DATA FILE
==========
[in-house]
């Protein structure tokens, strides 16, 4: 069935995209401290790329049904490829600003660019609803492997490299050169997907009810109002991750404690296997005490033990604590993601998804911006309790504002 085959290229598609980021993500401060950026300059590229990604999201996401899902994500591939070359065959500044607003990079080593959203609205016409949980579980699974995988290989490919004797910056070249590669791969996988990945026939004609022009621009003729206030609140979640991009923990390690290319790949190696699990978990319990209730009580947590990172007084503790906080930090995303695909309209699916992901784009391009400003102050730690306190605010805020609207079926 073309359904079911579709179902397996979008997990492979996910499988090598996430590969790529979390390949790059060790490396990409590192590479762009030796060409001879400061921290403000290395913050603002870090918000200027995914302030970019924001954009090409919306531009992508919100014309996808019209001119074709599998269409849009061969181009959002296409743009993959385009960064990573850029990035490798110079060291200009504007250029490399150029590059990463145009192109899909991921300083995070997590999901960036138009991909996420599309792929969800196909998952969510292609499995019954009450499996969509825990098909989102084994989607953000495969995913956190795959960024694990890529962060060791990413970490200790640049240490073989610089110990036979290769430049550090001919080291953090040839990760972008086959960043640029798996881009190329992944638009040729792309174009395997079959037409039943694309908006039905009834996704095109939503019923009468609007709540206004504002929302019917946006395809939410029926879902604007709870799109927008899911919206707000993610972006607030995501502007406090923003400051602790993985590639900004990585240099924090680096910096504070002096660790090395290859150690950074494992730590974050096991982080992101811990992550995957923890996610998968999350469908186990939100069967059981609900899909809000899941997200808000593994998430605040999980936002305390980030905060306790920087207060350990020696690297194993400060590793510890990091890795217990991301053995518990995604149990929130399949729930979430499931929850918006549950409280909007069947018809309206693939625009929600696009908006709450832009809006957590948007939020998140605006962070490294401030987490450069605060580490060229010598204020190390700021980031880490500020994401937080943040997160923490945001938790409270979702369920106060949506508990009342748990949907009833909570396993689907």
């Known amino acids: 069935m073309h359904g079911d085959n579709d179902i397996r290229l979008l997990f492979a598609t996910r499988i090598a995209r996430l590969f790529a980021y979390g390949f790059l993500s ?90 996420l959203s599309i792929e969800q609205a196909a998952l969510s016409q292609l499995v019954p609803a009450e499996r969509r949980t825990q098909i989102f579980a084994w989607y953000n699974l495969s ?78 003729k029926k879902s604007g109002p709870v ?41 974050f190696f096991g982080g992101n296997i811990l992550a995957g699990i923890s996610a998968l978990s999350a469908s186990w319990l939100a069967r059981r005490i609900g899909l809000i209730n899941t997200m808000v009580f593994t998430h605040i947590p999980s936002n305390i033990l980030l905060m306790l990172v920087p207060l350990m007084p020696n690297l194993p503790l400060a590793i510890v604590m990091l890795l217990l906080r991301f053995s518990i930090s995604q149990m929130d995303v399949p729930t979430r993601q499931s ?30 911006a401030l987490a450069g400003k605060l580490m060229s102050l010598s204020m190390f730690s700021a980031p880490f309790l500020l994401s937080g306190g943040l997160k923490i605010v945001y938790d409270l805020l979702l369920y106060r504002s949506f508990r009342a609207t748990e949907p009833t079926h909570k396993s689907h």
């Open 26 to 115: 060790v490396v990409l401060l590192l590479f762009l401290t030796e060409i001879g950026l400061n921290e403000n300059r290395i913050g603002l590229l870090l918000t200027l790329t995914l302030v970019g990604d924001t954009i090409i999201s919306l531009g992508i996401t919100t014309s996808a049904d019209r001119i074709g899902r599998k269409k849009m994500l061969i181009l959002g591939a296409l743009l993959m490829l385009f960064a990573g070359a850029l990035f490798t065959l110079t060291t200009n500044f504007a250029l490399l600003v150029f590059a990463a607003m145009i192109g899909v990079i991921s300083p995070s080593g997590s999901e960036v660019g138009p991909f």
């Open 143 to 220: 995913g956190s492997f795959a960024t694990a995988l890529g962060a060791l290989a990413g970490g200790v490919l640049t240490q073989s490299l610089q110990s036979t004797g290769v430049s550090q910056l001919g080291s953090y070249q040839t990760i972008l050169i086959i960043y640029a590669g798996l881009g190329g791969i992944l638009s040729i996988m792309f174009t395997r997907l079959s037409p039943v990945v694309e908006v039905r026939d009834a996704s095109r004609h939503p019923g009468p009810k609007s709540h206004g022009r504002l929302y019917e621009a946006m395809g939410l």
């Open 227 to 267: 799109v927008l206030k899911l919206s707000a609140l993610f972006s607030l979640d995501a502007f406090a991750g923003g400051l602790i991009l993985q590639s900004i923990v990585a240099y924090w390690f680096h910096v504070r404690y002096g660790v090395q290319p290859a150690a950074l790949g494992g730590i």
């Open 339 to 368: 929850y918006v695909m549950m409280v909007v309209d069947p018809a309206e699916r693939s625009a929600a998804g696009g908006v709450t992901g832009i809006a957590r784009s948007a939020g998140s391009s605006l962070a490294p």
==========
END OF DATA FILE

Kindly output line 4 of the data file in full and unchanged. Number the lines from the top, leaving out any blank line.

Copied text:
């Open 26 to 115: 060790v490396v990409l401060l590192l590479f762009l401290t030796e060409i001879g950026l400061n921290e403000n300059r290395i913050g603002l590229l870090l918000t200027l790329t995914l302030v970019g990604d924001t954009i090409i999201s919306l531009g992508i996401t919100t014309s996808a049904d019209r001119i074709g899902r599998k269409k849009m994500l061969i181009l959002g591939a296409l743009l993959m490829l385009f960064a990573g070359a850029l990035f490798t065959l110079t060291t200009n500044f504007a250029l490399l600003v150029f590059a990463a607003m145009i192109g899909v990079i991921s300083p995070s080593g997590s999901e960036v660019g138009p991909f």